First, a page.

As of late 2010, a Government Accountability Office report said, just 11 states required professional guardians to be certified. It’s unclear how many professional guardians are in Pennsylvania because there is no licensing or certification process.
Janice Kunak of Westmoreland County has been a guardian for more than 30 years. She is currently a guardian for 20 people, ages 51 to 88. Many suffer from dementia. All are in care facilities.
The guardian’s duties include visiting, dealing with doctors, shopping for clothes, choosing where the person will live and making sure it’s safe and clean, she said.
“They need a voice,” she said. “A lot of it is ethical. What would you want someone to do on behalf of you?”
Kunak charges $65 an hour, which is a court-approved fee, but for wards on medical assistance, she receives $100 a month. “It’s a flat fee, whether you do a thousand things for them or you do nothing,” she said.
Mary Little’s guardianship
Mary Little was an antique collector, a youth group leader and a church board member. She never left the house without her hair and clothes just so.
When she showed up at a doctor’s appointment on the wrong day, confused and upset, her doctor asked her to repeat a few words and the name of the President.
Aging Services in Indiana, Pa. – an agency designated by the Department of Aging to provide protective services to older adults – got word from the doctor and petitioned the Orphans’ Court for emergency intervention.
The judge is asked to determine whether a person is able to make sound decisions about finances, health and safety. Guardians can also be appointed for minors and disabled adults.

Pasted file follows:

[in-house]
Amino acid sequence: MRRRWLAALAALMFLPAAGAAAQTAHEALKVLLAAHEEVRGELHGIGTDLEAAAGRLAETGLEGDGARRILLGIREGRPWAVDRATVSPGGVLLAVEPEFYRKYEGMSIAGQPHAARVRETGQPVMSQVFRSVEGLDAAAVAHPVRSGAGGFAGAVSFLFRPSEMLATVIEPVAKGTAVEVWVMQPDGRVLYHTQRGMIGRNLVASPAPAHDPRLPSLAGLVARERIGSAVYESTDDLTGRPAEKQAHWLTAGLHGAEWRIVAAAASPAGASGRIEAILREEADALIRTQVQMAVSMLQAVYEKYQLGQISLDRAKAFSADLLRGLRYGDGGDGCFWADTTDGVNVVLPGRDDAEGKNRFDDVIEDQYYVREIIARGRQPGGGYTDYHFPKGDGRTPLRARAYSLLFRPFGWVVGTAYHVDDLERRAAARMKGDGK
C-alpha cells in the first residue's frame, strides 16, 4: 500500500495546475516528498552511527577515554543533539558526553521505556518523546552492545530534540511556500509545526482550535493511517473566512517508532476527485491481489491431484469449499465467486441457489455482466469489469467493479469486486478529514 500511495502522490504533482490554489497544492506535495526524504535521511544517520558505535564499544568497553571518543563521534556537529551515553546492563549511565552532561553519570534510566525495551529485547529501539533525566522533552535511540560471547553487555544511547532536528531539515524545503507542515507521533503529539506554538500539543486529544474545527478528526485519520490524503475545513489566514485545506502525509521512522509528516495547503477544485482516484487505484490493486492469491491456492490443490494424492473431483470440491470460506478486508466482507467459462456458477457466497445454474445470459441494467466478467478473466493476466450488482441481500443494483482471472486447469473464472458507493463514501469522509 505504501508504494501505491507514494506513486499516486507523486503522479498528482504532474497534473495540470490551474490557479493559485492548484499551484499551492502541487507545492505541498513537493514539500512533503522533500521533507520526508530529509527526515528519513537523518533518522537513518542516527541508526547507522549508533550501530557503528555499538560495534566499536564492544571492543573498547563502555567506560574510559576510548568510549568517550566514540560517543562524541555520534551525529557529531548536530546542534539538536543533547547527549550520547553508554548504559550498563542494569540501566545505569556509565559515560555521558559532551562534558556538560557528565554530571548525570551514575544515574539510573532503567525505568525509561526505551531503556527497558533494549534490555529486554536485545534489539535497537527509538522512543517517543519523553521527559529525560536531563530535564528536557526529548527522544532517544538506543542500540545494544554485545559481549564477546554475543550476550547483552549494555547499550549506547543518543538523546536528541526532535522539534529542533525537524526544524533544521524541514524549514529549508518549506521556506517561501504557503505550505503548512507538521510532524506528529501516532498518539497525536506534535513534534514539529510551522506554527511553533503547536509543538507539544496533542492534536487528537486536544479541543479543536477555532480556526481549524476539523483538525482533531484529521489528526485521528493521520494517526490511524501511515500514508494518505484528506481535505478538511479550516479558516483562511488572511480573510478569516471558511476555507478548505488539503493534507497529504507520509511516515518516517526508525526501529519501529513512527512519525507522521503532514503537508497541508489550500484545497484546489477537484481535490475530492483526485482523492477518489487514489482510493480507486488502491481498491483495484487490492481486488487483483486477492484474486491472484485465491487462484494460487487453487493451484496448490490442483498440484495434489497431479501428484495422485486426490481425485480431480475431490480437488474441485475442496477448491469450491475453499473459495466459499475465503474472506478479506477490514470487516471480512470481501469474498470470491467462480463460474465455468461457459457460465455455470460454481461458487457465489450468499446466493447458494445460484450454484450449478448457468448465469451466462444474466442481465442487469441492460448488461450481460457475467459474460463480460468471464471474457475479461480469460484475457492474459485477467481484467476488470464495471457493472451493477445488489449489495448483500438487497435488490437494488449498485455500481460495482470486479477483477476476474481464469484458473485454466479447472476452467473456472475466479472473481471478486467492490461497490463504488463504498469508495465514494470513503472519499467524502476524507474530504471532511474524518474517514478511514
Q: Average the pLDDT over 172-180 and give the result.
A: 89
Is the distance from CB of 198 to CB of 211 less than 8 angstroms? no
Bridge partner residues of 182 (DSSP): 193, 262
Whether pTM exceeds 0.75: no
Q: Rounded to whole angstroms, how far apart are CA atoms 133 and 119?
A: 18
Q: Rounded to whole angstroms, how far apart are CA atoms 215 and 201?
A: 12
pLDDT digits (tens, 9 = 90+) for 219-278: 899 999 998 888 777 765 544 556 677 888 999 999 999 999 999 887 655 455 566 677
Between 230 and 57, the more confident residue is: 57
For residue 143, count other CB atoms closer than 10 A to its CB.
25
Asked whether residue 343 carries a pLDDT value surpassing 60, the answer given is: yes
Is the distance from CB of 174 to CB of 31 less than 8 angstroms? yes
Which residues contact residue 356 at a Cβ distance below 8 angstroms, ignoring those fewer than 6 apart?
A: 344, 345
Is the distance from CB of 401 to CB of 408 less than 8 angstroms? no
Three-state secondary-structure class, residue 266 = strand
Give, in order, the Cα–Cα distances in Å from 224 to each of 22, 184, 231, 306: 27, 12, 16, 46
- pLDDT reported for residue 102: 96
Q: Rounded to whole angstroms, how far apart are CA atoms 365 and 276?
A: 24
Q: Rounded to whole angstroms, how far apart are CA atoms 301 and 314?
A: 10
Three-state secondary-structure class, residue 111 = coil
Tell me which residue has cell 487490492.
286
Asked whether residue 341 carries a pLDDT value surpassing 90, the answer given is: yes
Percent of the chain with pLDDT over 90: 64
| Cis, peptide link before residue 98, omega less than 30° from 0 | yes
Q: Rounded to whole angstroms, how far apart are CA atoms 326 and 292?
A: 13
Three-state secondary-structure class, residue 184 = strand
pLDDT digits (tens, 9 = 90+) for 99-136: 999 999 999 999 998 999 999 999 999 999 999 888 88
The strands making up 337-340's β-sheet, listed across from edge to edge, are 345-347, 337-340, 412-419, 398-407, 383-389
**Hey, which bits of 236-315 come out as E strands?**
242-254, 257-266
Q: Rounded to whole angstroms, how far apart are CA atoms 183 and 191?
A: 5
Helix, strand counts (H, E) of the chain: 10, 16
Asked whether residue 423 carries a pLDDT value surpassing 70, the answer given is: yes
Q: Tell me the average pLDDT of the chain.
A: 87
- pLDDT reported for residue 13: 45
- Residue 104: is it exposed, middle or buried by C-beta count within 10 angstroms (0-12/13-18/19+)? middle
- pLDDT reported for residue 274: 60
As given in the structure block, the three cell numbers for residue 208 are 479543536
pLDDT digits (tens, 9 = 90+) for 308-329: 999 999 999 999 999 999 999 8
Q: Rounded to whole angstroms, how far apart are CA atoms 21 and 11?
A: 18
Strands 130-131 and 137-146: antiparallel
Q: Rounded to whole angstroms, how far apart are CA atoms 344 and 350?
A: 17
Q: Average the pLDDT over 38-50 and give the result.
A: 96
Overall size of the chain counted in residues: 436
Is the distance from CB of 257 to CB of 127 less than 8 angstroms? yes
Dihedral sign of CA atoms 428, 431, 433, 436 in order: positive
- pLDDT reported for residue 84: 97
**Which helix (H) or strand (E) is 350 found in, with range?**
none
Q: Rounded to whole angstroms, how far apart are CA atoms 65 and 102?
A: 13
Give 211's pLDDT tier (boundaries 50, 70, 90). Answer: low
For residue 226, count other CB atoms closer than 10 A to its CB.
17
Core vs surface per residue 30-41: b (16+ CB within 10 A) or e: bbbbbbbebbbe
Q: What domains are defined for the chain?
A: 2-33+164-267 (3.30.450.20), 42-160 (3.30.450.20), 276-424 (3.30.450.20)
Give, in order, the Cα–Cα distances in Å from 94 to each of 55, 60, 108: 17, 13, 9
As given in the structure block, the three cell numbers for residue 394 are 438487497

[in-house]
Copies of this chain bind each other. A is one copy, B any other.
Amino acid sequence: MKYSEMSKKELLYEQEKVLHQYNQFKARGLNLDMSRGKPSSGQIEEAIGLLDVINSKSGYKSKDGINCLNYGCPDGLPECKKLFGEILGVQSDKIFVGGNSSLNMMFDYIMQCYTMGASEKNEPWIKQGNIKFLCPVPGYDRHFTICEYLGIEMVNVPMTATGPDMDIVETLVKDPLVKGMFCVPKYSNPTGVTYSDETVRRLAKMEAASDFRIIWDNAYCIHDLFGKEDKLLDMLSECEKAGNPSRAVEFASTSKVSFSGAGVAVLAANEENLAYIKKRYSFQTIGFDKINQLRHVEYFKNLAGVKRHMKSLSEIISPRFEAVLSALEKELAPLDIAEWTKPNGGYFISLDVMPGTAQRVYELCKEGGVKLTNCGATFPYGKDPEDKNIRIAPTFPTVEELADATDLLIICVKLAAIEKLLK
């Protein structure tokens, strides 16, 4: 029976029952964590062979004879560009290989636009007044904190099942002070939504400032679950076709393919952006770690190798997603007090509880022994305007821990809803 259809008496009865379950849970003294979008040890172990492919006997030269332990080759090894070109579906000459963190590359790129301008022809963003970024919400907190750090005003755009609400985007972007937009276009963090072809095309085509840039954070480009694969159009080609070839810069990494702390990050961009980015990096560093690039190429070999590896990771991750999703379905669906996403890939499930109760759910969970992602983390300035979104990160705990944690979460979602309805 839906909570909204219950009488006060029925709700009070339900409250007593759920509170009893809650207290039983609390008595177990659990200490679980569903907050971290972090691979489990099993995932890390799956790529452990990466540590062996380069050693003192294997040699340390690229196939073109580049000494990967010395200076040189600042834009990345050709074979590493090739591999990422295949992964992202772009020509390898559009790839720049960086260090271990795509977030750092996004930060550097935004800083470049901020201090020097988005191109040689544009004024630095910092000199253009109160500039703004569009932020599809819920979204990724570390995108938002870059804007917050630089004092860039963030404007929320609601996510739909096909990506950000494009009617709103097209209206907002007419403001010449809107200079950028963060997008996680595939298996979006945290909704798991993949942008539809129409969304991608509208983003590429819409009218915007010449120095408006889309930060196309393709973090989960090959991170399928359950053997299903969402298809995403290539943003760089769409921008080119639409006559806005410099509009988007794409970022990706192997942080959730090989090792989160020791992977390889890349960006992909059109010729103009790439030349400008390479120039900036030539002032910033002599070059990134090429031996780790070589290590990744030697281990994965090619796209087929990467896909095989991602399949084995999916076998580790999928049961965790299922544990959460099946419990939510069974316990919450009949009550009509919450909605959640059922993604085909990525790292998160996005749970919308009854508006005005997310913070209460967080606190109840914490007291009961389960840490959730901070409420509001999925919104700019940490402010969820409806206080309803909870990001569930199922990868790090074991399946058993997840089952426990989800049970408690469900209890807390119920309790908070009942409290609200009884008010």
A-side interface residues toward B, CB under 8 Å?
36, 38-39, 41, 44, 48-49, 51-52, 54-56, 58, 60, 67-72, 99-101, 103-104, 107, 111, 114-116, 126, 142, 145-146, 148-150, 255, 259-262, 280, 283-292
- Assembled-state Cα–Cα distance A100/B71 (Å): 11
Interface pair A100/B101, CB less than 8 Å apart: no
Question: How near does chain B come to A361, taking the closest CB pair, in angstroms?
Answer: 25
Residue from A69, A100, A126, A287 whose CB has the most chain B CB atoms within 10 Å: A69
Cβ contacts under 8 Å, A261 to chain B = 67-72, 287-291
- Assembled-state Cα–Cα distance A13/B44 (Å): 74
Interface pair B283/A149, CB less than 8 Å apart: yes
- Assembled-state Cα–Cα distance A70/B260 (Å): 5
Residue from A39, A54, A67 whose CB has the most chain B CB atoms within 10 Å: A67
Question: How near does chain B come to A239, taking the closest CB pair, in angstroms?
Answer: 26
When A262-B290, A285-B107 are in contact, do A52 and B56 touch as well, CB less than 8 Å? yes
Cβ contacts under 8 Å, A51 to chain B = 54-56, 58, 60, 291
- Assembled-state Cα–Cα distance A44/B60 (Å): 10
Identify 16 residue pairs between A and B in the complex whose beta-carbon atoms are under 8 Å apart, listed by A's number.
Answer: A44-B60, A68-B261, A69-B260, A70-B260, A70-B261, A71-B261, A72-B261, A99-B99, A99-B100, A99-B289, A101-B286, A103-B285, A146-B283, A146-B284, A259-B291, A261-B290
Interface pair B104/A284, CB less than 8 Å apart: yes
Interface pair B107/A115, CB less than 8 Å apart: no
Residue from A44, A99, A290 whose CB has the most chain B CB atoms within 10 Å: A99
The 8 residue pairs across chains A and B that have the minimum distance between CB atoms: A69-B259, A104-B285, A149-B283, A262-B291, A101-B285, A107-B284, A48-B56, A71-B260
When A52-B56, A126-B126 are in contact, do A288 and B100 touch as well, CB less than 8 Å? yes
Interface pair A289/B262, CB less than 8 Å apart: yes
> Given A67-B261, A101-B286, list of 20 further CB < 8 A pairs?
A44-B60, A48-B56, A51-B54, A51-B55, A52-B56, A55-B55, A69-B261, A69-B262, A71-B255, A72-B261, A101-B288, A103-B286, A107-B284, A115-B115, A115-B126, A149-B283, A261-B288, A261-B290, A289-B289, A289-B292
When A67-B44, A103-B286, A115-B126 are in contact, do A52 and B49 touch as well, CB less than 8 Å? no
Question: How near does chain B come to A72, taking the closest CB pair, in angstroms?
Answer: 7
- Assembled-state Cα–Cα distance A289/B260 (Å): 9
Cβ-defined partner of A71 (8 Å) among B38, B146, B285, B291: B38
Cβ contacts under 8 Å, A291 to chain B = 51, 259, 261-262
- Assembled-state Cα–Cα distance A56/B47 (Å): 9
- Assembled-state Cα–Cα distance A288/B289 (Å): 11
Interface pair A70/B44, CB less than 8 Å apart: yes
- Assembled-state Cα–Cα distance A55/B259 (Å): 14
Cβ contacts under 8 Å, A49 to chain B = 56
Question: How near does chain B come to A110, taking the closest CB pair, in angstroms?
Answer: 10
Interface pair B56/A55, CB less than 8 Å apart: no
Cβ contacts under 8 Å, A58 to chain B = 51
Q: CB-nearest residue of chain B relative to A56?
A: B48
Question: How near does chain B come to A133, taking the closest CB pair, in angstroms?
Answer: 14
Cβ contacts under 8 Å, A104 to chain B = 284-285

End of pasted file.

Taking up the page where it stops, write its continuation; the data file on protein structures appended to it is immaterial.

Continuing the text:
A guardian can be a friend, family member or a professional. Full background checks are not required.
The court decides what fees guardians can collect.
Distinctive Human Services, according to court documents, receives $100 a month from the Department of Public Welfare and charges Mary’s estate $80 an hour for services and mileage reimbursement.
Steve Little, Mary’s son, was appointed guardian of her finances. He declined to comment for this story.
Both guardians of the person and estate are required to file annual reports.
Last year, the Bucks County Register of Wills, for example, discovered 392 guardians weren’t submitting reports. About 100 of those were still delinquent in late July, said Trish Murphy, the register’s second deputy.
The court can review a guardianship at any time and may choose to revise, remove or sanction the guardian.
Norma Carpenter, 55, would have to ask for the court to review her complaint that her mother was moved so far away that it is too costly for her to visit.
She believes her mother is being isolated and her assets depleted under an unnecessary guardianship, she said. But her main concern – getting her mother moved to a closer facility – is being considered by Distinctive Human Services.
“I should be taking care of her after she took care of me for so many years and was such a good grandmother,” she said. “We want to do what families are supposed to do.”
Reach Halle Stockton at 412-315-0263 or at firstname.lastname@example.org.
PublicSource is an investigative news group in Western Pennsylvania. Learn more at publicsource.org.